3) Lone Wolf and Cub: Baby Cart to Hades:
By the third film in this series, I really had a strong sense of these characters, even as Ogami's abilities began to border on almost superhuman. Slaying an entire army? That's from John Rambo's repertoire. Concealing firearms in unexpected places? We saw it with guitar cases in Desperado. The thing is, this film came out in 1972, so you really start to see the Eastern influence on Western cinema in the ‘80s and ‘90s examples I cited. The samurai genre was the equivalent of Westerns, with sword wielders walking the same dangerous path as gunslingers portrayed by the likes of John Wayne or Clint Eastwood. It's not a pretty world Ogami Itto lives in, even if he wasn't a disgraced samurai being hunted by his former masters. These movies depict, often graphically, rapists, murderers, and thieves. It's a harsh place to raise an innocent like his son Daigoro, but perhaps that's what sets these movies apart. Some of the best scenes between the two principal actors don't even require words. Daigoro drops his rice while eating, considered wasteful in ancient Japanese culture. Ogami need only give the boy a stern look for him to pick up his food and eat it, and then he gives him an approving nod. I haven't mentioned these moments in my reviews of the previous movies, but they permeate all of them and they're nice bits of character, quiet interludes between fights. As with the second film, we also get some sympathetic foes. Along the way Ogami encounters a Watari-kashi, a hired sword, who himself was also once a noble samurai. He, like Ogami, still has his honor, though he believes it to be lost. Ogami proves that he can be a teacher to more than just his son. It's interesting that, while he constantly insists that he and the boy are living the lives of “demons”, he never stops imparting wisdom or earning respect from those he encounters. Would a demon spare an honorable opponent? Would a demon take a beating to save a prostitute? Daigoro continues to develop into more of an active player, often luring enemies into position to be vulnerable to his father. There are also some impressive camera techniques and effects for 1972, including one beheading which we see from the point of view of the victim, the camera spinning as “our” head rolls along the ground. Itto continues walking, continues his journey as a ronin, continues his work as an honorable assassin, and I'll continue watching this series.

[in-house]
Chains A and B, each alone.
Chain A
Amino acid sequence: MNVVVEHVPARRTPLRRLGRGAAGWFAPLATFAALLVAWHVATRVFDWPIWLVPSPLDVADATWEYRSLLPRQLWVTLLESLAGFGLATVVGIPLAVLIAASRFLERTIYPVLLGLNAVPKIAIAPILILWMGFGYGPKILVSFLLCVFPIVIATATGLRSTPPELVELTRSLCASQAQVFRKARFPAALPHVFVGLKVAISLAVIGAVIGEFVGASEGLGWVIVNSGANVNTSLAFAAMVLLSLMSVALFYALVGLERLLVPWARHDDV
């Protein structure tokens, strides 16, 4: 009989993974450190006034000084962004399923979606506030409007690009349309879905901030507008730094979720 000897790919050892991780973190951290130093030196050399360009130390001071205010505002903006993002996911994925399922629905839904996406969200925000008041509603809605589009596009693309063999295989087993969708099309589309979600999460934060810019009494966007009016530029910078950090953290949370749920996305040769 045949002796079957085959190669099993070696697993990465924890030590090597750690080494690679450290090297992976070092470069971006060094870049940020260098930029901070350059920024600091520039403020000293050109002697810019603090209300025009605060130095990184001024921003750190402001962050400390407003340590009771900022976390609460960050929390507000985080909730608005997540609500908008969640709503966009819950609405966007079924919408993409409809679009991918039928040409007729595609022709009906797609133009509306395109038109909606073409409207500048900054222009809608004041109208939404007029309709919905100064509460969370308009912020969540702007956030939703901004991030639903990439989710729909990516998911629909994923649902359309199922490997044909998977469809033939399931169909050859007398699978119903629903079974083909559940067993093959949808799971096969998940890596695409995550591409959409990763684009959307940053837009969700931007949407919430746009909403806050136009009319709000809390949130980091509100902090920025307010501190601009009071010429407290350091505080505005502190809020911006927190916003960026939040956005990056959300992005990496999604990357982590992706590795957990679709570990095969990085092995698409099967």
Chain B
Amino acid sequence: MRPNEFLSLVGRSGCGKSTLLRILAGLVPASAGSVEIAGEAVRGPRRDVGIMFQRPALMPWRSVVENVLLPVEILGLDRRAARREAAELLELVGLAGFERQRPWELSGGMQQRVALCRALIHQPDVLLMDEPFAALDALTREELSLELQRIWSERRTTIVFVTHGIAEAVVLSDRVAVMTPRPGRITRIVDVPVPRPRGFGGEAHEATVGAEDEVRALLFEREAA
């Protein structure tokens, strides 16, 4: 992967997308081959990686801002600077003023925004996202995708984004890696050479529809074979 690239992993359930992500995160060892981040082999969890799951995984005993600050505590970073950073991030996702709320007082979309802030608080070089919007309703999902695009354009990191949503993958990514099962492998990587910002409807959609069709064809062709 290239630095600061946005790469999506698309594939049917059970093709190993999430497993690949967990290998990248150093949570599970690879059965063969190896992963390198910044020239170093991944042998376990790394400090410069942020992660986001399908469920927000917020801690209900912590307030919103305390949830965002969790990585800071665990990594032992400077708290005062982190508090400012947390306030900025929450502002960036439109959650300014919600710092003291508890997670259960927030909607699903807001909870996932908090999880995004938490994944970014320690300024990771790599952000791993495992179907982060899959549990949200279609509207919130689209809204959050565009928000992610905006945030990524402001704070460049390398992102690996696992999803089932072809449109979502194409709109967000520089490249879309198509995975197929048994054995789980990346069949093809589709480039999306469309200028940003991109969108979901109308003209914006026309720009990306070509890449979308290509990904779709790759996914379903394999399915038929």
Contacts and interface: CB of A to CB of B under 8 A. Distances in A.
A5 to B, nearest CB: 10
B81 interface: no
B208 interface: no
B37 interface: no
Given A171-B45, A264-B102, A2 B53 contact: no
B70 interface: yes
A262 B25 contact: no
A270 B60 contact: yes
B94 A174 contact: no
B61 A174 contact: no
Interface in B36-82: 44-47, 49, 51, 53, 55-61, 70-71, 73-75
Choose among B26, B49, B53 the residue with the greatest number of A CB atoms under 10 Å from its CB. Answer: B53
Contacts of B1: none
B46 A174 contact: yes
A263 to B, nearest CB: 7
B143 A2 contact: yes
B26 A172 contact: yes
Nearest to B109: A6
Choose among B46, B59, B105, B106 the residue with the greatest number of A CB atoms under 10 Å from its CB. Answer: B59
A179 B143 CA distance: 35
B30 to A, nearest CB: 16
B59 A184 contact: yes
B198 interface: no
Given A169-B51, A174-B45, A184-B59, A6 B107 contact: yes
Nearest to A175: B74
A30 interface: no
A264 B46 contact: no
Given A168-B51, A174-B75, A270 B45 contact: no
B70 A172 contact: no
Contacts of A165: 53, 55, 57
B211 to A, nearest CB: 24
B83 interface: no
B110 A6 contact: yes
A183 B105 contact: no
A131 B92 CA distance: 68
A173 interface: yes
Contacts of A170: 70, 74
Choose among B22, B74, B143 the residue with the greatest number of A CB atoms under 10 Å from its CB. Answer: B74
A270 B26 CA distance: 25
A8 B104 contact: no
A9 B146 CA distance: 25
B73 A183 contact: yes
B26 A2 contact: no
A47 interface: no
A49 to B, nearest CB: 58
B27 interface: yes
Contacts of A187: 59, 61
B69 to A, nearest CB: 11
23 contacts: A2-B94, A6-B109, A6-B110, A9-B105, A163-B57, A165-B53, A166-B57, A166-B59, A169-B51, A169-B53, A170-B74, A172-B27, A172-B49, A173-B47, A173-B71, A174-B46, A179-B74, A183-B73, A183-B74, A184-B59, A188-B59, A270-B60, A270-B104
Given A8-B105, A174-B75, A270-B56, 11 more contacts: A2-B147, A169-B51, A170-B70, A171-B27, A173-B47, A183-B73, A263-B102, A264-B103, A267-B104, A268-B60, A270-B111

More reviews to follow next week after I've spun a few more discs!